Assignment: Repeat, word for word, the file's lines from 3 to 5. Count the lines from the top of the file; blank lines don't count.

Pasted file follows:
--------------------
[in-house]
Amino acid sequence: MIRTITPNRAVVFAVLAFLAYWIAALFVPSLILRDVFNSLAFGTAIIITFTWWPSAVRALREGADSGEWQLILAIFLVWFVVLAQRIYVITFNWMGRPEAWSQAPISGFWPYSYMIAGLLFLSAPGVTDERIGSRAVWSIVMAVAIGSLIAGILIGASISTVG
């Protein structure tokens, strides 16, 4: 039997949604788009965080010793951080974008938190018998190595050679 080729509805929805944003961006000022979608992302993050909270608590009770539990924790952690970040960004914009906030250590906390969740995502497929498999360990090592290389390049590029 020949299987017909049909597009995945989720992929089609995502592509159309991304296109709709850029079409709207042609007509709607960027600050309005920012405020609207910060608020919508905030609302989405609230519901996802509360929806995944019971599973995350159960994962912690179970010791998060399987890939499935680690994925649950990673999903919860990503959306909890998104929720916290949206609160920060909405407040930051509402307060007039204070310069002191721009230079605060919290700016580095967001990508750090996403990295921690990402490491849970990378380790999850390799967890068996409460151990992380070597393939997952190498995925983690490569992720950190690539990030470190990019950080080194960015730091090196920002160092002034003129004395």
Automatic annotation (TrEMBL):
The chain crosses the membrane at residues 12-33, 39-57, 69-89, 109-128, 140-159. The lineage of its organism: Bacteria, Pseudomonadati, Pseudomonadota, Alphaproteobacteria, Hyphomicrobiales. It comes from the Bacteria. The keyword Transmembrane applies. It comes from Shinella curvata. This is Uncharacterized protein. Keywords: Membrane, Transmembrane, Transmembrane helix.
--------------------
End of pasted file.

């Protein structure tokens, strides 16, 4: 039997949604788009965080010793951080974008938190018998190595050679 080729509805929805944003961006000022979608992302993050909270608590009770539990924790952690970040960004914009906030250590906390969740995502497929498999360990090592290389390049590029 020949299987017909049909597009995945989720992929089609995502592509159309991304296109709709850029079409709207042609007509709607960027600050309005920012405020609207910060608020919508905030609302989405609230519901996802509360929806995944019971599973995350159960994962912690179970010791998060399987890939499935680690994925649950990673999903919860990503959306909890998104929720916290949206609160920060909405407040930051509402307060007039204070310069002191721009230079605060919290700016580095967001990508750090996403990295921690990402490491849970990378380790999850390799967890068996409460151990992380070597393939997952190498995925983690490569992720950190690539990030470190990019950080080194960015730091090196920002160092002034003129004395």
Automatic annotation (TrEMBL):
The chain crosses the membrane at residues 12-33, 39-57, 69-89, 109-128, 140-159. The lineage of its organism: Bacteria, Pseudomonadati, Pseudomonadota, Alphaproteobacteria, Hyphomicrobiales. It comes from the Bacteria. The keyword Transmembrane applies. It comes from Shinella curvata. This is Uncharacterized protein. Keywords: Membrane, Transmembrane, Transmembrane helix.